Eric Starkman
Eric Starkman

“Those who cannot remember the past are condemned to repeat it,” the philosopher George Santayana warned more than a century ago. Dr. Patrick Soon-Shiong, the L.A. biotech billionaire who this week acquired the Los Angeles Times, may come to regret ignoring that wisdom.

Soon-Shiong on Monday announced that he’s appointed veteran New York journalist Norm Pearlstine to oversee the once proud publication and restore some of its former glory. Pearlstine’s bona fides are impressive as they come: Stints at leading New York-based business media organizations, including the Wall Street Journal, Forbes and Bloomberg. He also served as chief content officer at Time Inc., which once had a stable of more than 150 magazine titles, including Time, People, Sports Illustrated and Fortune. Not surprisingly, Pearlstine’s appointment has been applauded by his fellow East Coast Establishment journalists.

But Angelenos with long memories — or with basic Google skills — may sense something eerily familiar about Pearlstine’s appointment. It was the hiring of acclaimed East Coast editors nearly two decades ago that precipitated the downward spiral of the Times, a period of history the Times has rewritten or faultily remembers.

As recounted in a 2005 New Yorker article by Ken Auletta, the Times when it was owned by the Chandler family was a world class publication with bureaus across the U.S. and around the world. But it was fundamentally a “cops and courts” newspaper, devoting considerable resources and space to local news. The newspaper spoke with a distinct L.A. voice and the editors and reporters working there knew the local territory.

In 2000, Chicago-based Tribune company — in those days a highly-regarded newspaper chain — acquired the Times and other venerable publications. The company installed New York-born John Carroll, who previously oversaw the Baltimore Sun, to oversee the Times; Carroll hired Dean Baquet, then the New York Times’ national editor, as his deputy. Media pundits widely applauded these hires as well.

Carroll and Baquet immediately set out to transform the Times into a West Coast version of the New York Times, emphasizing investigative reporting and cutting back significantly on local coverage. They gutted the Orange County bureau from 200 reporters to 20, dismissing the coverage as “marketing.” They also brought in a slew of other prominent East Coast editors and fired veteran journalists with longstanding ties to L.A. and California. Five years into his tenure, Baquet unashamedly told the New Yorker, “We still haven’t mastered making the paper feel like it is edited in Los Angeles.”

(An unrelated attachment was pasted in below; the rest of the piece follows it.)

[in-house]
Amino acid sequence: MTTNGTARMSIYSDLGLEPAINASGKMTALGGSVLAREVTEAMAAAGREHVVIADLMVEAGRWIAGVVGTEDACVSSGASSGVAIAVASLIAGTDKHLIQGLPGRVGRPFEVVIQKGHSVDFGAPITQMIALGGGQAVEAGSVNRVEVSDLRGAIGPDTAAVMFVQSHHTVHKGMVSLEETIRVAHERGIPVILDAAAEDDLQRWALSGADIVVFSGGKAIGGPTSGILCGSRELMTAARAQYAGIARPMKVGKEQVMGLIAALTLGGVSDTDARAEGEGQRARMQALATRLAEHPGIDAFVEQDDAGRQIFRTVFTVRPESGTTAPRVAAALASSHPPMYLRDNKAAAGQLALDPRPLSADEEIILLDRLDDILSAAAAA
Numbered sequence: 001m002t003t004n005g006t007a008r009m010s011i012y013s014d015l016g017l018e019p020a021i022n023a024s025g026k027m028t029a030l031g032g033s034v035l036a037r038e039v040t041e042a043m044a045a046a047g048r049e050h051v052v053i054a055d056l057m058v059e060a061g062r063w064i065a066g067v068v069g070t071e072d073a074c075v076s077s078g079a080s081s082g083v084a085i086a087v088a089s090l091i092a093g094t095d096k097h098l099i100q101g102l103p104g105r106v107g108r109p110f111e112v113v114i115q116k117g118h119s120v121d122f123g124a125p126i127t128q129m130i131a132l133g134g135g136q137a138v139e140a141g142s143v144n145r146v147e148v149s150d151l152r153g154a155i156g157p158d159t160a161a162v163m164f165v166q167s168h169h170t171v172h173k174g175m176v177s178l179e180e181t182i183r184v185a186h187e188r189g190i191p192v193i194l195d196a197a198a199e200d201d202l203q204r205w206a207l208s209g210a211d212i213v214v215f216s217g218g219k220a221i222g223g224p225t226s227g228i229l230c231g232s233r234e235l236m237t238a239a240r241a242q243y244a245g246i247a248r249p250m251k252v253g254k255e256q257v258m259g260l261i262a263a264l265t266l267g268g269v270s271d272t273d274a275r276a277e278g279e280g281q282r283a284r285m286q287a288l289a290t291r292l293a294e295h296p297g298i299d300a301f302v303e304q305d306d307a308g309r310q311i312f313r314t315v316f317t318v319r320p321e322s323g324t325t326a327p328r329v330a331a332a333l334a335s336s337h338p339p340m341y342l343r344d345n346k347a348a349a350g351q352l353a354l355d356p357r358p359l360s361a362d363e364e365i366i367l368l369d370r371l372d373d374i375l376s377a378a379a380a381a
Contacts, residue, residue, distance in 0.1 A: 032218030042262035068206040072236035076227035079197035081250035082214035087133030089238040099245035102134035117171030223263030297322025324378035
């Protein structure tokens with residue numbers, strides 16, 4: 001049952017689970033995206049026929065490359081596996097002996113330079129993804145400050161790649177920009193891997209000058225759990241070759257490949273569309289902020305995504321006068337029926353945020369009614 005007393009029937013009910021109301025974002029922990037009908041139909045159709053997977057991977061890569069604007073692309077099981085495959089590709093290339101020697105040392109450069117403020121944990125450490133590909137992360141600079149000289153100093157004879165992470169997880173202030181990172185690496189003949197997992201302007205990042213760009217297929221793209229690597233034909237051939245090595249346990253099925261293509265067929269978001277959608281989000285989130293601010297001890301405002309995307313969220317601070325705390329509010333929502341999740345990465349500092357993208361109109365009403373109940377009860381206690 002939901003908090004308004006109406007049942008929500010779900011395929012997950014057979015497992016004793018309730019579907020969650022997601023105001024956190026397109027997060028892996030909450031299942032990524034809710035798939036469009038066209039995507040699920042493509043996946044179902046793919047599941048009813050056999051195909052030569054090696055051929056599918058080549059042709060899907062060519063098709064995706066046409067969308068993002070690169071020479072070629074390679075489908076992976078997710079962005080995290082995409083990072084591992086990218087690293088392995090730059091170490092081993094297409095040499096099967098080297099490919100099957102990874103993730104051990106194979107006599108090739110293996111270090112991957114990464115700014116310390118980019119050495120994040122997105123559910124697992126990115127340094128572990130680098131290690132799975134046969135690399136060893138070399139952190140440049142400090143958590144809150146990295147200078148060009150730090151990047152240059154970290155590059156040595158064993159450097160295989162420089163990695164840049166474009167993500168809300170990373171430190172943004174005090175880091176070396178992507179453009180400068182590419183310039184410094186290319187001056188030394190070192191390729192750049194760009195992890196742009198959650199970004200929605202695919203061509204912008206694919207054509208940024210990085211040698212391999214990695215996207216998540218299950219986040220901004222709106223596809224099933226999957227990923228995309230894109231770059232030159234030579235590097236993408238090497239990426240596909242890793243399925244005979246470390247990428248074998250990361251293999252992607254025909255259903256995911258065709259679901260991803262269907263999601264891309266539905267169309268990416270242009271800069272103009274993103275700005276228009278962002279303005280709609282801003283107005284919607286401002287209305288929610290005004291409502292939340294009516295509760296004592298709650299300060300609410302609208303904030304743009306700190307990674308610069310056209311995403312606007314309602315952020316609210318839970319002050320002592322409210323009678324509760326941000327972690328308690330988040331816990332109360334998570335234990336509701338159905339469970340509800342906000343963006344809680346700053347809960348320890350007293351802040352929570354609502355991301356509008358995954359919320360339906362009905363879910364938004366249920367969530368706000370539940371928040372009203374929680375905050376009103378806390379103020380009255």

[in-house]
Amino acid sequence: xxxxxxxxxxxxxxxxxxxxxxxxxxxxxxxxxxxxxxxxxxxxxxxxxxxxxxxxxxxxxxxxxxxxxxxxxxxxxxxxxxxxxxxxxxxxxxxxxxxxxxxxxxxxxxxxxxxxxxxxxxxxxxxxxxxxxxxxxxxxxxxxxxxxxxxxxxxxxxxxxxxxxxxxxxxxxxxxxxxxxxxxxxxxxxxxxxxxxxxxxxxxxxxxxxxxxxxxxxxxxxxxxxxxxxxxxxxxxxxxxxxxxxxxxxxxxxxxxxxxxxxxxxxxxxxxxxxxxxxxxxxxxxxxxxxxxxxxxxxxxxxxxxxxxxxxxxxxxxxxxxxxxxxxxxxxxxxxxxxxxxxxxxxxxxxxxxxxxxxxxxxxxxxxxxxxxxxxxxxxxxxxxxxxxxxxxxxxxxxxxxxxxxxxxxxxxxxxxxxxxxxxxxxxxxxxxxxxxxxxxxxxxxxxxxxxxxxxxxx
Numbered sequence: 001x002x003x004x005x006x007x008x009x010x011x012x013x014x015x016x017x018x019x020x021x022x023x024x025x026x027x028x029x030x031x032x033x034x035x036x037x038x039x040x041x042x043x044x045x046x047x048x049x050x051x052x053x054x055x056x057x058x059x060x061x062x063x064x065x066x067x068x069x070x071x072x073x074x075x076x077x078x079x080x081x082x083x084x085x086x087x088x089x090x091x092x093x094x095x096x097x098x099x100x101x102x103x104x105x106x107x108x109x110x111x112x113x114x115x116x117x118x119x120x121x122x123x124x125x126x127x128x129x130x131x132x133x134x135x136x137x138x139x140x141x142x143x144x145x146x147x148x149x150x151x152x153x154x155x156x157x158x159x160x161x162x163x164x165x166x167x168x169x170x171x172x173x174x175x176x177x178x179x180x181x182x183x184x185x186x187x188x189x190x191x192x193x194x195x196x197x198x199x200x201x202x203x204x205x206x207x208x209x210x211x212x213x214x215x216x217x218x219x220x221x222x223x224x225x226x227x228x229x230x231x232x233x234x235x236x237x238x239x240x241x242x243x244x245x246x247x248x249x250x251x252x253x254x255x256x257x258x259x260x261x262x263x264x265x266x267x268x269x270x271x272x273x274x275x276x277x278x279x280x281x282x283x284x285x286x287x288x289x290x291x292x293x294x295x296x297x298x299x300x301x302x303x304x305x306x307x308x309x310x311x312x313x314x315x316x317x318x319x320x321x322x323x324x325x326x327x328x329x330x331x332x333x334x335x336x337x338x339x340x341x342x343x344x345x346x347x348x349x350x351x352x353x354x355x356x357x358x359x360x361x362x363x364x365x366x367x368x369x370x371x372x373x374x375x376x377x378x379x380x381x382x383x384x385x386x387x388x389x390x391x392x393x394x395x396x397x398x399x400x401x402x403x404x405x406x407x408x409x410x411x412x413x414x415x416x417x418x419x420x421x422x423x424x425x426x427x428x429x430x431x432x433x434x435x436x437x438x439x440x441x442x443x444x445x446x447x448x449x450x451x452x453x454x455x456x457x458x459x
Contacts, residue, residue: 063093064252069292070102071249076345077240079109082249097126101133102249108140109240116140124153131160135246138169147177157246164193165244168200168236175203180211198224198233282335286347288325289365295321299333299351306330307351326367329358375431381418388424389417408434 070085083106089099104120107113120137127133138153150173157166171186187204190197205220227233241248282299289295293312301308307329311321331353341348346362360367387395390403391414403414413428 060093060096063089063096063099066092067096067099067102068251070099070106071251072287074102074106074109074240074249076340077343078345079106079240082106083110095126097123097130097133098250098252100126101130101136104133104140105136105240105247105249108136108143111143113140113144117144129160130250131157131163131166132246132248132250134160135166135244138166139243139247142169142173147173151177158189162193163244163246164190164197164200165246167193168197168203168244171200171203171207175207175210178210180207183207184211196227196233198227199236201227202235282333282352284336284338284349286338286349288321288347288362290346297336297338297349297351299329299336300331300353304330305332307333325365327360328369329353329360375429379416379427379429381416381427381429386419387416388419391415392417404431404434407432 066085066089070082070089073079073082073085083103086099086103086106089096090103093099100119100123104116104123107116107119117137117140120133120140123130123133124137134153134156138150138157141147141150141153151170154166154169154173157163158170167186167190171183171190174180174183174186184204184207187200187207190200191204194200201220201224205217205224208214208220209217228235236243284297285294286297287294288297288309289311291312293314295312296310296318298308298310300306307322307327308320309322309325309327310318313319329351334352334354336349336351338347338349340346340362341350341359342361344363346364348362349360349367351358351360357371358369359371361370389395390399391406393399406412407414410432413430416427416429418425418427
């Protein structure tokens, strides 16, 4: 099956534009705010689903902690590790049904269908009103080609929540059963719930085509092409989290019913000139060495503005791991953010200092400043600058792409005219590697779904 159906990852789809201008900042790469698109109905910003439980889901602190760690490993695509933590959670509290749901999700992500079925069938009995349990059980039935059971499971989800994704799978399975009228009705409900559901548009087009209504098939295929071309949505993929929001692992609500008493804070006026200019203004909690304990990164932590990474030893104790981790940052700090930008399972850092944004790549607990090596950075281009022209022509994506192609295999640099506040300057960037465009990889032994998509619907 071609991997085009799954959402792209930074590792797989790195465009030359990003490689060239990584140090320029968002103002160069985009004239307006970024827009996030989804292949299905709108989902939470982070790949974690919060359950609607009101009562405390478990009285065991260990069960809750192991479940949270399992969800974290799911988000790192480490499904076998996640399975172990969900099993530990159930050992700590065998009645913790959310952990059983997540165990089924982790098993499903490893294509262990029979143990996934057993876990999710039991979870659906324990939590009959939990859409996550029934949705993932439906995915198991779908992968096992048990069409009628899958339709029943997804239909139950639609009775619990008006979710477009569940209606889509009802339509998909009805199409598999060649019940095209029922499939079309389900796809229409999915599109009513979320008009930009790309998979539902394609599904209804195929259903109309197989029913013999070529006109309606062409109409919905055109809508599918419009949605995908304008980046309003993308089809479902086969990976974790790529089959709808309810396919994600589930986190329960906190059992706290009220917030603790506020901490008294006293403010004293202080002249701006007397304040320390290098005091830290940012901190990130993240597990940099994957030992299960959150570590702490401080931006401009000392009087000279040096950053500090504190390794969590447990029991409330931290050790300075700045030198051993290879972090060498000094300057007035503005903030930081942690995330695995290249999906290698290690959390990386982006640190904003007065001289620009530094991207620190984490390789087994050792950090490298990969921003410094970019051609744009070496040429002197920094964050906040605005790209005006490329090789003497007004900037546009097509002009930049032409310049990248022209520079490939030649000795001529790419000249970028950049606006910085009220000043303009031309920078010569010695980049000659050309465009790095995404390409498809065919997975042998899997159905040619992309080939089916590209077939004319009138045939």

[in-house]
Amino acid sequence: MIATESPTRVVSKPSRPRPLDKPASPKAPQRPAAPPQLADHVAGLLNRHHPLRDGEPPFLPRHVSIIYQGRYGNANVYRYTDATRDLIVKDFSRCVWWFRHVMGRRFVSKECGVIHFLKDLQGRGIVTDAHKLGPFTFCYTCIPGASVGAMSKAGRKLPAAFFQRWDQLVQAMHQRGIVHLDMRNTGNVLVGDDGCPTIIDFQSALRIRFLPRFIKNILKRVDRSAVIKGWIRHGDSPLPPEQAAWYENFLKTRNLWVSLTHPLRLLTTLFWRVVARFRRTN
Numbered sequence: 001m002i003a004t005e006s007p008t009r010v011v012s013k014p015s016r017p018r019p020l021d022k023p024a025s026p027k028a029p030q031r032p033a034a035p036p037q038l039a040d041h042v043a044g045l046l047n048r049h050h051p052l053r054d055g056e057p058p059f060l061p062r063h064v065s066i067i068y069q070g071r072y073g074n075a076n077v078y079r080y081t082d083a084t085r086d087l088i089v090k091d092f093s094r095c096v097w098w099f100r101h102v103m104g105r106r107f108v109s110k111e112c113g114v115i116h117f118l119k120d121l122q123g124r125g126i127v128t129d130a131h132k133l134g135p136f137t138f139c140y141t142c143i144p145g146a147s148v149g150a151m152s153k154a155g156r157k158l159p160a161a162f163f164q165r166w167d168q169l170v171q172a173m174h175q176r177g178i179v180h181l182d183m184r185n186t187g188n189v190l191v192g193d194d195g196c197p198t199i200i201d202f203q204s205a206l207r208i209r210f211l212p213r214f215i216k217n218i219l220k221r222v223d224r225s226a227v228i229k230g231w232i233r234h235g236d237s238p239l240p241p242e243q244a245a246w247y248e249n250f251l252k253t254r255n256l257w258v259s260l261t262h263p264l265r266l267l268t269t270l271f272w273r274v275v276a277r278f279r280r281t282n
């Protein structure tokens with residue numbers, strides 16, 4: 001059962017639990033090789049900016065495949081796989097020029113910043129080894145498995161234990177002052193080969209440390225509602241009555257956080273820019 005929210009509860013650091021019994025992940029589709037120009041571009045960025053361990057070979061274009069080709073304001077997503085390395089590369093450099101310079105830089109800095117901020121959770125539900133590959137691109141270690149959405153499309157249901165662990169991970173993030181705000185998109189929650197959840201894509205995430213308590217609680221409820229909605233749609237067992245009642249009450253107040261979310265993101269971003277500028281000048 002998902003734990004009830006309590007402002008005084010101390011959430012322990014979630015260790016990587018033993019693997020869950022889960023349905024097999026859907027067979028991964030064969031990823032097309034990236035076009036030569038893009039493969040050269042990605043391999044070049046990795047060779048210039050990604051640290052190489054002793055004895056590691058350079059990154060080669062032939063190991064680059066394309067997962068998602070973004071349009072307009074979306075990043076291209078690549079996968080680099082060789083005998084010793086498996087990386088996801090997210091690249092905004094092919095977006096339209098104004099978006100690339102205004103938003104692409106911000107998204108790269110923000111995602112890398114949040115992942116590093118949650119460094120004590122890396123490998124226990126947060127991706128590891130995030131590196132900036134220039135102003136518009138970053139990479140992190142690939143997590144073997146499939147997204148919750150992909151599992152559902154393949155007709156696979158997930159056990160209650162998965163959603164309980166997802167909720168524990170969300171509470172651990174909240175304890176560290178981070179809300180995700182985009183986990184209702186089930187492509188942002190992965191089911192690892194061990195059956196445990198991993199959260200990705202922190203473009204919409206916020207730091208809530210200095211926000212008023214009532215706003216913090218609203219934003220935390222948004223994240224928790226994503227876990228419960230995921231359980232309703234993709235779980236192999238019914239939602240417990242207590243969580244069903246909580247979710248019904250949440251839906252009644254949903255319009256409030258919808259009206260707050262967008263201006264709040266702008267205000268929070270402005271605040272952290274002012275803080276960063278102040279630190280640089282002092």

Under Carroll and Baquet, the Times was awarded scores of Pulitzer Prizes. An investigative piece from their era impressively presaged the #metoo movement: In 2003, the Times reported that Arnold Schwarzenegger, then the front-runner in a gubernatorial recall election, repeatedly groped and humiliated women. While Carroll and Baquet impressed their journalist friends back east, the Times under their leadership lost about 10 percent of its readers. Not surprisingly, the Tribune company began demanding significant cutbacks, which Carroll and Baquet resisted. Among journalists, Carroll and Baquet are still heralded as martyrs for quitting rather than executing all the Tribune’s requested bloodletting.

The Times on Sunday allowed Baquet, now the executive editor of the New York Times, to trash the Tribune management that installed Carroll and him as “really terrible owners.” But he didn’t mention his own culpability, including alienating readers by significantly cutting back on local news. Incredulously, Baquet appeared on CNN in April to declare that the “biggest crisis” facing journalism “is the decline of local journalism.” Under his watch, the New York Times also has decimated its local news coverage, including eliminating three weekly sections focused on New Jersey, Connecticut and Westchester County.

As for Pearlstine, he’s reportedly a likeable and engaging guy who will quickly win over the Times newsroom and L.A.’s cultural elite. To his credit, he’s on record as saying, “It would be a huge mistake to try and be a clone of any East Coast paper.” But Pearlstine, 75, has no experience running a local daily and seemingly has no real ties to L.A. or California. If his Twitter account is any indication, he’s not accomplished in social media engagement; Pearlstine has only 343 followers, he last tweeted on January 25, and, at this writing four days after his announced appointment, still lists himself as vice chair of Time Inc., a company that no longer exists.

Times reporters heralded Pearlstine’s arrival with the popping of champagne bottles and declaring the sale of the newspaper the end of a “20-year war” under carpetbagger ownership. But, again, if history is any indication, they are naïve believing things can’t get worse. Time magazine declared morale at the Times in the late 1990s as being at an “all-time low” when a former General Mills executive began blurring the line between editorial and advertising. Given the current editorial condition of the Times today, the late 1990s were the “good ol’ days.”

Ironically, under Baquet’s leadership, the line between editorial and advertising has since blurred at the New York Times. Another example of the Los Angeles Times once being an industry leader.


Eric Starkman is a Los Angeles-based writer. For 25 years, he was president of a New York-based crisis communications and PR firm. Earlier he worked at major newspapers in the U.S. and Canada.